ABERYSTWYTH WHITSUN BOOKINGS TO SOUTH WALES.— Cheap return tickets will be issued to the large centres in South Wales at the end of next week, via., Carmarthen. THE FOOTBALL CLUB DEBT.—The Aberystwyth Football Club is in debt to the extent of something like P-150, the result principally of having had to play a great number of away matches during the past season, which necessitated great expenditure in railway fares, etc. Mr. Gilbert Rogers has with his troupe, generously offered to give a benefit concert towards reducing this debt, and also to mark his appreciation of the honourable position attained by the team in winning the South Wales and Welsh Cups. It is hoped Ir. Rogers' offer will result in a substantial sum being handed to the club. COUNTY SCHOOL.—Mrs Andrew, one of the organizing secretaries in connection with Dr. Barnardo's Homes, addressed the pupils in the Central Hall on Wednesday of last week. The Headmaster referred to the work done by Dr. Barnardo, and hoped the pupils would join the young helper's league about which Mrs Andrew came to address them. Mrs Andrew gave an ac- count of the movement, and the work that had already been done. She trusted that the pupils would join to help to get a Cardiganshire cot. It is expected that boys and girls will become annual subscribers. On Monday the pupils watched the solar eclipse through coloured glasses. There was great excitement. A LETTER FROM MAFEKIXG.—On Saturday ,last Councillor R. Peake received another letter from his brother, Mr William Gradie Peake, a member of the Cape Mounted Police, who was amongst the besieged at Mafeking. The letter is dated April 5th, and arrived at Buluwayo on April 14th. It stated that they were still besieged, but hoped to get out of it shortly; a wish. as all are gladly aware, that has now been realised. The writer also stated that he was quite well and going strong up to then, and he promised to sent all the news and some views of the town when the siege was raised, adding the optimistic qualification, "that is if I pull through. The envelope bore four penny stamps, the price of which has been increased to 3d. each, and bore the mark besieged." These are now considered valuable relics of the siege, and already one has been purchased at a good figure. ASSESSMENT COMMITTEE.—The monthly meet- ing of the Assessment Committee of the Aber- ystwyth. Union was held on Monday, when there were present the Rev John Davies, Messrs A. W. Miller, David Edwards, E. J. Evans, James Jones, Edwin Morris, Wm. Morris. Hugh Hughes (clerk), and E. Llewellyn (assistant clerk).—Mr A. W. Miller was voted to the chair.—Supplemental valuation lists were submitted and approved of for Aberystwyth. Llancynfelin, Elerch, and Llan- fihzngel Upper.—A supplemental valuation list was submitted for Vaenor Lower, but was amended, and ordered to be re-deposited.—A letter was read from Messrs Michael, Farraday, and Co., rating surveyors, London, with reference to the valuation of the two railway companies' property within the Aberystwyth Union.—The Clerk was instructed to give notice to the overseers of Rhostie, that unless they prepared and brought in a new valuation list within a month, the Committee would be bound themselves to appoint a person to do the work and charge the expense to the parish. 6RAD CONCERT.—At the request of tradesmen and their assistants, Mr Gilbert Rogers and his Merry Troopers gave another first-class concert at the Royal Pier Pavilion on Wednesday evening in last week. The concert proved a complete success, and the audience was a large and appreciative one. The programme contained plenty of enjoy- able variety, without a single dull item. There were orchestral selections, choruses, comic and character songs, quartettes, dances and violin solos. Mr Rogers gave himself "My old Dutch" (Albert Chevalier) and his popular and novel dwarf song, both by special request. The Acmes (Jim and Gipsey) in their musical melange came in for a great reception, and their performance was well worthy of the applause accorded it. The Imperial Glee Singers continue to increase in public favour, their quartettes being rendered with ability and taste. The Grenfields had a popular turn in their laughable absurdity, The bobby's courtship." Thatcher's appearance is always the signal for a hearty outburst of applause, and his comic songs have the merit of being up-to-date and sung in his own inimitable way. Mr Harry Fife's character songs, and Messrs Will Crowsen and Will Powell's songs and dances are also worthy of mention, together with Mr J. W. Anderson's well executed violin solos. Miss Cissie Conyers has a charming voice, and all her songs are popular. A new feature in the programme was a sketch by the company, which was excellently performed and created no end of amusement. OLD IN.Ns.-This list of licensed houses tells us how our town stood in August, 1845, the names of them, and their licensees:—Ivy l,ush,l by Thomas Bowen Public Rooms, George Careswell; Goger- ddan Arms, Abel Powell Davies; Three Tuns, Morris Davies; Wine Vaults, Joseph Downie; Old Black Lion, John Evans Shipwright's Arms, Thos. Evans; Carpenter's Arras, Elizabeth Griffiths; Blue Bell, Hugh Hughes; Heart of Oak, John Hughes; Three Jolly Sailors, Elizabeth Humphreys New Market Tavern, Mary James; Wine Vaults, Richard and Morgan James; Feathers, Thomas James, re- fused Golden Lion, Edward Jenkins; Miners' Arms, Jenkin Jenkins; Wine Vaults. Evan Jones; Angel Inn, Robert Jones: White Horse, Susan Jones h; Black Swan, William Jones; Prince of Wales, William Keeling Butcher's Arms, Jenkin Lloyd Hope and Anchor, William Lloyd Belle Vue Hotel, Charles Marshall; Horse and Jockey, John Hughes; White Lion, John Morgans; Skinner's Arms, Anne James Greyhound, Hugh Nightingale; Ship and Castle, Thomas Owen; Fountain Inn, Thomas Pierce; Black Horse. Evan Rees: Talbot Hotel, Thos Jeffries; Britannia, Thomas Rees; Royal Oak, Hugh Richards; White Hart, Evan Roberts; Nanteos Arms, Anne Thomas; New Inn, Jane Rees; Coachbuilder's Arms, Christopher Hall; Albion Tavern, Robert Pugh Prince Albert, Thomas Cleaton; Unicorn, John Jenkins; Farmer's Arms, Enoch Hughes. SUDDEN DEATH.—We regret to record the painfully sudden death of Ir. Thos. Hamilton Lewis, grocer. Bridge-street, which took place at the age of 43 years at his residence on Monday morning last. Deceased suffered a severe illness about two months ago, during which he was attended by Dr. Rowlands, but had now practically regained convalescence. He had attended divine worship at the Welsh Wesleyan Chapel on three recent occasions, and was present at the service on Sunday evening last. About quarter to eight on Monday morning he was again taken seriously ill, and within fifteen minutes, and before medical aid arrived, he had passed away. Deceased belonged to one of the oldest families in the town, being a son of the late Hamilton Lewis, tailor, Bridge-street. He formerly worked as a joiner with Mr. Rowlands, but for the past 16 or 17 years had been in the grocery business. He was a member of the Welsh Wesleyan Chapel, where his faithfulness and zeal won for him the high esteem of the whole church. He had for many years occupied the position of deacon at the same place of worship. He also evinced a deep interest in the work of the Sunday School, having been a successful teacher, and had held at different times the offices of secretary, treasurer, and super- intendent. On the occasion of his marriage in September, 1887, to Miss Jones, daughter of Mr. David Jones, butcher, Little Darkgate-street, he was presented with a handsome timepiece by the members of the Sunday School. Deep sympathy is felt with Mrs. Lewis and her only son in their < sad and sudden bereavement. The funeral will take place to-day (Thursday) at the cemetery, starting: from the house at 3 o'clock. CHARGE AGAINST A DOCTOR.—Dr Thomas Pugh Beddoes, surgeon, of North-parade, Aberystwyth, was charged at the local police-court, on Saturday last (before John Morgan and R. J. Jones, Esqrs.), with making use of threatening language towards a labourer named John Williams, living at Bryn- place, Aberystwyth, who was engaged with other workmen in effecting certain improvements at the defendant's residence, respecting which there was some disagreement between the lessor of the pre- mises (the Rev J. P. Morgan) and the defendant.— Mr A. J. Hughes appeared for the prosecution, Dr Beddoes conducting his own defence.—The defend- ant addressed the bench at length showing that he was opposed to the carrying out, which had re- ceived the attention of the High Court. He main- tained there was no justification for a forcible entry into his house to do the work, and that this was a distinct violation of the lease. It was said be had used threats, but not one word bad come before the bench indicating any verbal threat. He spoke to the chief-constable about the matter, and was there with ample means of protecting himself, including a rifle and bayonet. He saw the chief-constable again when he had a Nor- wegian knife such as the peasants and sportsmen used as the British workmen used his pocket-knife for cutting bread and cheese, and so forth. It was no stiletto, as was stated at the previous hearing. -Mr Arthur Hughes observed that this was in direct conflict with the chief constable's evidence. In his evidence the chief constable told the bench that the defendant said: I shall start between this and eleven o'clock. Whether I shall use a gun or a rifle if they do not clear out, I do not know." When he was going out the defendant was asked, Do you give them until eleven o'clock to clear out 1" and be replied I shall not give them any time." He was considering which of the two arms --the rifle or the gun-he should use.—The bench having deliberated in private said they found a threat had been made, and the complainant had cause for fearing the defendant would do him bodily harm. Defendant would be bound over in the sum of E25 in his own recognisances to keep the peace.—Mr Hughes applied for costs, including a doctor's fee, which was allowed. t COLLEGE VOLUNTEERS.—The members of the College corps of volunteers have now been supplied with their rifles, and have already commenced ilrill exercise with the same. The corps will proceed, to Towyn shortly for shooting practice. z, DRAPERY.—Mr. J. Walter Evans. Tottenham House, Great Darkgate-street, has just received his summer stock of drapery, clothing, etc., and he now invites an inspection of the new goods by his numerous patrons. Everything is in the latest design, and good quality and reasonable prices are guaranteed. BOATING.—Another steam launch arrived at the Harbour on Tuesday evening. It is the property of Messrs David and Evan Jones. High-street, and will be used to convey passengers for short trips in the Bay, on and after Wliit-week. The vessel is 31 ft. long, and 8 ft. wide, and is capable of carry- ing 12 passengers. The fact of the launch having stood the voyage from Penarth to Aberystwyth through a rough sea, speaks well for its seagoing qualities. ACCIDENT.—An unfortunate accident happened to Mr Herbert, carrier, South-road, while unloading bricks at the station yard with his son on Friday last. Shunting operations were being carried on at the time, and Mr Herbert had the fingers of his left hand caught between the buffers of two trucks. He was dragged along in this position for some time, and when released it was found that his fingers had been severely smashed. He was taken home, where he received medical attention. SHOP ASSISTANTS OUTING.-Tile annual outin connection with the local branch of the Early Closing Association was held on Wednesday to Devil's Bridge. The weather was all that could be desired, and the members, together with a large number of friends, were conveyed to this beautiful pleasure resort in a stage coach, and several well-appointed char-a-bancs and brakes. At the Bridge tea was provided, and the remainder of the time before re- turning was spent in games and pleasant walks. The outing proved successful and enjoyable in every respect. PETTY SESSIONS.—The weekly Petty Sessions were held on Wednesday, the magistrates present being Alderman C. M. Williams (Mayor), Mr John Morgan and Mr Edward Evans.—William Jones, Bridgend-place, mason, was summoned for not sending his daughter regularly to school, but the case was adjourned for a week for the appearance of the mother.—David Jenkins, Royal Stores, Pont- ygwaith, was summoned for neglecting to maintain his father, Richard Jenkins, who is now charge- able to the cotumoil fund of the Aberystwyth Union. Joseph Morgan, relieving officer, having given evidence, the Bench made an order for the payment of 2s. 6d. per week. TABERNACLE CHAPEL.—The pulpit at this Chapel was occupied last Sunday by the Rev. Wm. Lewis, Pontypridd, and very powerful sermons were delivered to large audiences. At the close of the evening service resolutions were unanimously passed by the congregation in favour of sending z, forms of petition to the House of Commons asking the Government to grant facilities for the follow- ing three bills to become law without further delay, as they have already passed their second reading in the House. The Bills are :-(1) Mr Souttar's Bill forbidding the sale of intoxicating drink to child- ren under 16 years of age; (2) Mr Spicer's Bill in favour of extending the provisions of the Sunday Closing Act to Monmouthshire; (3) Mr Herbert Roberts's Bill for amending the Sunday Closing Act for Wales. Mr Thomas Owen, county school, proposed the resolution, and Mr R. K. Humphreys Albert Place, seconded, and they were unanimously passed. BADEN-POWELL RELIEF FuN D.-In addition to the subscriptions amounting to Z44 3s, already acknowledge:1, Mr R. J. Jones, the organiser and secretary of this fund, has received the following amounts :—Mr John Evans, solicitor. 2s 6d; Mr Ed. Evans, builder, 5s; Mr John Watkins, wine merchant, 10s 6d; Mr John Thomas, draper, 5s; Messrs G. and H. Davies, ironmongers, Zl ls- Mrs Gilbert Rogers, Railway-terrace, Zl Is Mr Griffiths, secretary Steam Packet Co., 5s Mr Peard, Bristol, 8s 6d;. Miss Knight, South Marine- terrace, 5s; Mr Jack Thomas, jeweller, 5s; and Mr W. J. Watkins, Cartrefle, 10s. The total sum collected is now £51, and Mr Jones deserves congratulation upon the satisfactory success which has attended his efforts. On Thursday last a cheque for £25. signed by the Mayor, was for- warded to Lady Curzon, and the balance will be sent as soon as all the promised subscriptions, which can be paid to Mr Jones, or at either of the three banks, are received. PRES £ NTATION.—On Thursday evening last a gathering lof the members of the English Presby- terian Church took place for the purpose of pre- senting the Rev. and Mrs E. Penllyn Jones with a revolving bookcase (bearing a suitable inscription) )c on the occasion of their marriage, as a token of the good wishes of the Church for their future happi- ness and an expression of its gratitude to Mr Penllyn Jones for the invaluable service rendered by him to the church during the last thirty years. After partaking of refreshments at a table pre- sided over by Mr E. Jones-Williams, and Mrs Humphrey Owen, the Rev. T. Mortimer Green. who presided, having opened the meeting with a humourous speech, called upon Mrs E. H. James (who with Miss Nellie Jenkins, North-parade, had called upon the subscribers) to make the presenta- tion. This was gracefully done in a few appropri- ate words to which Mr Penllyn Jones replied. Subsequent remarks were made by Messrs D. Lloyd, E. H. James, J. P. Thomas, Tom Rowlands, David Ellis, R. G. and W. J. Bennett, Humphrey Owen. and Gomer James. THE ABERYSTWYTH STARR-BOWKETT BUILD- IXG BUILDING SOCIETY.—The ninth annual meet- ing of the above society was held at the Office, Queen's Square, on Saturday evening. May 26th, at 8 p.m. The Chairman. Mr D. C. Roberts, J.P., South Marine-terrace, presided, and the following business was transacted. The report of the directors was unanimously approved of. on the motion of Mr C. H. Cocks, seconded by Mr D. C. Owens, North-parade. The report showed that the receipts from subscriptions alone amounted to £ 391 14s Oct. giving an average of over E7 10s Od a week while Z228 had been received as repayments. Nine- teen new shares had been taken up during the year, and the total receipts amounted to E632 14s Od. The profit and loss account showed a balance in hand of E52 17s 4d. Two appropriations had been made in course of the year, both for advance of £ 200 each. While altogether since the commence- ment of the society, the sum of Z3200 had been advanced to members free of interest, repayable at the rate of 8 per cent annually. The auditors, Messrs T. D. Jenkins, Bridge-street, and D. C. Evans, Union-street, certified that they had audited the accounts, and inspected the deeds, and found all correct. The four retiring directors were re- elected for another term of two years, viz. Messrs Robert Ellis, chemist, Terrace-road Daniel Thomas. draper, Little Darkgate-street; Edward Evans, builder. Baker-street; and C. H. Cocks, Brynymor- terrace and Messrs T. D. Jenkins, Bridge-street and R. J. Roberts, Rhydyfelin, were appointed auditors for the year. A very cordial vote of thanks was tendered to the chairman and auditors for their services. At the close of the annual meeting the following members were successful in the ballots for appropriations, viz., Mr John Rees, builder, Queen-street, for £ 200; Miss N. N. Richards, the daughter of Mr Wm. Richards, grocer, Pier- street, for £ 100: and Mr John Pugh, Fullbrook- terrace, Llanbadarn, for £200. Mr Edward Evans, Baker-street, presided, and Messrs Hugh Hughes, Sea View Place, and D. C. Owens, North-parade, acted as secretaries. Votes of thanks to the chair- man and secretaries brought the meeting to a close. The Secretary is Mr Thomas Owens, Queen's-square, from whom all "particulars in regard to the society an be obtained. ♦ i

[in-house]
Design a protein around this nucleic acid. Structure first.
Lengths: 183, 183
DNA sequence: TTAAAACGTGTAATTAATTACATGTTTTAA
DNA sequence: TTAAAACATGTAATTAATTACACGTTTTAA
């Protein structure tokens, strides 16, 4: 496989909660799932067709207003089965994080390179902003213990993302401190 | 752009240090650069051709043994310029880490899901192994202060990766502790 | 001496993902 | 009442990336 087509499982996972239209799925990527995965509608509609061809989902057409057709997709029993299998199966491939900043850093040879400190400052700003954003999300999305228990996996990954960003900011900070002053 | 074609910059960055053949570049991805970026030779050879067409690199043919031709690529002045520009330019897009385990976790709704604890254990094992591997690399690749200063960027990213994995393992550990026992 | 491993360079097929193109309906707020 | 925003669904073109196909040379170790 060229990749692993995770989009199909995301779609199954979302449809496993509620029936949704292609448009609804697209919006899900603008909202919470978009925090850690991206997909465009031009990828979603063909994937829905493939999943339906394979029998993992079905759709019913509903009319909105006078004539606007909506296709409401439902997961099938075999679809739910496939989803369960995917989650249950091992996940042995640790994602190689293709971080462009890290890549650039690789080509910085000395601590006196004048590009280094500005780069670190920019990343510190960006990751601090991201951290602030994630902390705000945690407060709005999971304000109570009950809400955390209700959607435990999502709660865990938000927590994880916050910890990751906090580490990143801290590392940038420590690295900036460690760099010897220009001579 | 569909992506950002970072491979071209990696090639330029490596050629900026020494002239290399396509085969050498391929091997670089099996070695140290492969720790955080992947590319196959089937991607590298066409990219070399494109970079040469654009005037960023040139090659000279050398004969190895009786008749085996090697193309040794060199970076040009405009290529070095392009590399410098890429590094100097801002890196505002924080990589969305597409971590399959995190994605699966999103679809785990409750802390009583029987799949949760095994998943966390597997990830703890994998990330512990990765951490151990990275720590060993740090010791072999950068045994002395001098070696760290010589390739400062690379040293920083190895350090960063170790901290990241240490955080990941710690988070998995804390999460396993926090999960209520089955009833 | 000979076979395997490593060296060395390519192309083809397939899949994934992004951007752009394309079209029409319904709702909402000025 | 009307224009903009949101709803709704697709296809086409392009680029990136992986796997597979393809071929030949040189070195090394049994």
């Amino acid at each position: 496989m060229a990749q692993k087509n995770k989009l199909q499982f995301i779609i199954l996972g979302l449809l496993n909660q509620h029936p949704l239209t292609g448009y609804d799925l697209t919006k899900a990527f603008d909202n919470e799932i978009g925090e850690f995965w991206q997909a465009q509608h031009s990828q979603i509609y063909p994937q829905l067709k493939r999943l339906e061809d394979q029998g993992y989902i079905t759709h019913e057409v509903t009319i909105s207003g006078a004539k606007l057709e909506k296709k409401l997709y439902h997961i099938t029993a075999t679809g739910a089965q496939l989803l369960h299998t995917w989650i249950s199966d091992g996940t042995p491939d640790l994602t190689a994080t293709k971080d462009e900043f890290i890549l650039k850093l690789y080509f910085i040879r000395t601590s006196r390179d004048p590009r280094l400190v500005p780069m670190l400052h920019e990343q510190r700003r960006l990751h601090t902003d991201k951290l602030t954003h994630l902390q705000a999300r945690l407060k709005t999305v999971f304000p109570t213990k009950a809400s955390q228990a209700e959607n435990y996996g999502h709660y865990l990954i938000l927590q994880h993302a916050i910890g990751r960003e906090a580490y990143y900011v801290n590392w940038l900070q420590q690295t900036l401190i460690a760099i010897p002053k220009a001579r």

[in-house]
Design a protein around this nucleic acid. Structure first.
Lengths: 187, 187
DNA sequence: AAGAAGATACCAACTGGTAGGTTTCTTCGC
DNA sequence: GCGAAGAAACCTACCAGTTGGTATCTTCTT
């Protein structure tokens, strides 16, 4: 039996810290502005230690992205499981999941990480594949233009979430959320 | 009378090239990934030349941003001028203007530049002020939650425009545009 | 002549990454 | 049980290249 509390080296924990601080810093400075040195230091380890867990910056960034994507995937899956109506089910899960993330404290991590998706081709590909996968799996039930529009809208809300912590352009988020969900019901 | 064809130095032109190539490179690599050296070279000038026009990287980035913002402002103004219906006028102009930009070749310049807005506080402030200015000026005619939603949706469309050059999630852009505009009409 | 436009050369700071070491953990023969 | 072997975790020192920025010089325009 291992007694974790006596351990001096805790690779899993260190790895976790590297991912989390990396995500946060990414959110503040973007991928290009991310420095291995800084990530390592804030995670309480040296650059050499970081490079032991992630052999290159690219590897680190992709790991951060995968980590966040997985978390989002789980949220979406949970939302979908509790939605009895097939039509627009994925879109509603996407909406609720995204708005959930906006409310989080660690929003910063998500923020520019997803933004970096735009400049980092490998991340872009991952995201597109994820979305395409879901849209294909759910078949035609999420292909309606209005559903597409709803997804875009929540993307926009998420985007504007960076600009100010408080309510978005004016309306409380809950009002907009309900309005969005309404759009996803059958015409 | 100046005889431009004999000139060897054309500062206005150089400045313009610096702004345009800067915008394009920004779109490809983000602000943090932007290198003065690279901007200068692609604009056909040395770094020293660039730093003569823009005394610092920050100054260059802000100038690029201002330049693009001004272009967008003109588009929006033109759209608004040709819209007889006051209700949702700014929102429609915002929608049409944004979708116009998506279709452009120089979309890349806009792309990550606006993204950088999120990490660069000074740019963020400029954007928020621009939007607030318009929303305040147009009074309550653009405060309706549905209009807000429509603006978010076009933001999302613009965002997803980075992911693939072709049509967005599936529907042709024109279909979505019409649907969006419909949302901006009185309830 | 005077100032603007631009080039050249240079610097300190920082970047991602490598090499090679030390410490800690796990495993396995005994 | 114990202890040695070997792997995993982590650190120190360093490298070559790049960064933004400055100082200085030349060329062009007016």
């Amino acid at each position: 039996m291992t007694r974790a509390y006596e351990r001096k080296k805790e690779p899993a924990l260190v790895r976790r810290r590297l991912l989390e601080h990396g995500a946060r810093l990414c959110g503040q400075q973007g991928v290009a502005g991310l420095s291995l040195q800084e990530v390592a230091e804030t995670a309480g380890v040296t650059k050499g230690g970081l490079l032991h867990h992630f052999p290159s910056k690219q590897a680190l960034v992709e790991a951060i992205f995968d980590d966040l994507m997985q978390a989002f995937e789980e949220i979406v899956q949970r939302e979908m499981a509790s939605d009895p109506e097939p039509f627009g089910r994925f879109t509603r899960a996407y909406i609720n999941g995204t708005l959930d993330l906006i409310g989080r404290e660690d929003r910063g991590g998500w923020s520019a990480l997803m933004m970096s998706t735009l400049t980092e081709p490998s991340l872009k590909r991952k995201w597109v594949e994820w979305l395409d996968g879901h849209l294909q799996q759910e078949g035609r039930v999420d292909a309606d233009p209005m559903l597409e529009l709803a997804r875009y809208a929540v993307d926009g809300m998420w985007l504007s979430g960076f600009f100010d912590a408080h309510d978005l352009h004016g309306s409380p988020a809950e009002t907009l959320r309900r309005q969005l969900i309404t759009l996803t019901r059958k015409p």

University College of Wales, Aberystwyth. AGRICULTURAL DEPARTMENT. At the last meeting of the Council it was decided to make a very important change in the curriculum of the agricultural department. In future all the lectures and in College work are to be given in the Michaelmas and Lent terms (i.e., October to March), and the Easter term and summer are to be devoted to practical farm work. It will thus become pos- sible for farmers' sons who could not be spared from home during the busy season to attend the course without serious interference with their ordinary work, and it will be necessary for those who are not farmers' sons to acquire a knowledge of practical farm work in order to obtain the College diploma, in agriculture. The Short Course and Advanced Short Course are also to be slightly modified, so that when the arrangements are com- plete there will be a one year course, a two year course, and a three year course, each independent, but so correlated that it will be possible for students who show capacity to proceed from one to the other without loss of time or unnecessary repetition, and the Short Course will be really the first step towards the College diploma. STUDENTS' CHURCH GUILD. On Sunday afternoon last, May 27, the annual sermon in connection with the Church Students' Society was given at St. Michael's Church. The preacher this year was the Rev. H. E. Ryle, D.D., president of Queen's College, and professor in theology at the University of Cambridge. The reverend gentleman was at one time principal of St. David's College, Lampeter. At Cambridge his lectures on theolopy are attended by immense audiences, and he is one of the most popular and deeply respected teachers in the L'nivcrsity. On Sunday afternoon a large audience, consisting mainly of students, assembled in St. Michael's Church to hear him. Dr. Ryle delivered a capital discourse on the Thessalonians 5 21. Prove all things, hold fast that which is good. He com- menced by showing the oppositeness of the 1 Apostle's advice to the conditions of student life. ] Comparative freedom from the restraints of home and school life was one of the features of College life. This allowed the student to a large extent the choice of his own mode of life and ideals. Some there were who made academic distinctions their ambition, others sought to excel in athletic feats, others kept a steady eye on the career they would follow after College days were over, others again lived in an aimless haphazard fashion. To all alike the words of the Apostle had a message. Let them prove all things. In other words let them submit all courses of action, and all ideals to the test of the standard of the perfect man. The ideal of Christ should govern every other. Secondly, once convinced of the truth and supreme worth of Christ's principles, let them hold fast to them. From neglect of this rule all kinds of evil results followed. Much of the so-called scepticism that was said to be prevalent in academic institutions was due to religious apathy rather than to intellectual difficulties. It was the consequence of desisting from private prayer, the Holy Sacrament, publib worship, deeds of mercy, etc. Indifference bred scepticism. He did not deny the existence of difficulties in the under- standing of Holy Writ, but the edge of these is turned if we bear in mind the progressive char- acter of the revelation granted by the Spirit. Let them hold fast that which was dictated by the example, the teaching, and spirit of the Master. The secretaries of the Society (Miss Blagg and Mr Ollett) are to be congratulated on the success of the arrangements. Amongst those present were Archdeacon Protheroe, Rev D. A. Jones, B.A., Principal Roberts, M.A., Rev T. M. Green, Pro- fessors J. M. Angus, M.A., D. M. Lewis, M.A., E. Edwards, M.A., W. Jenkyn Jones, M.A., D. R. Harris, B.A., J. A. Murray, B.Sc., Mr D. Samuel, M.A., and Miss B. Edgell. M.A.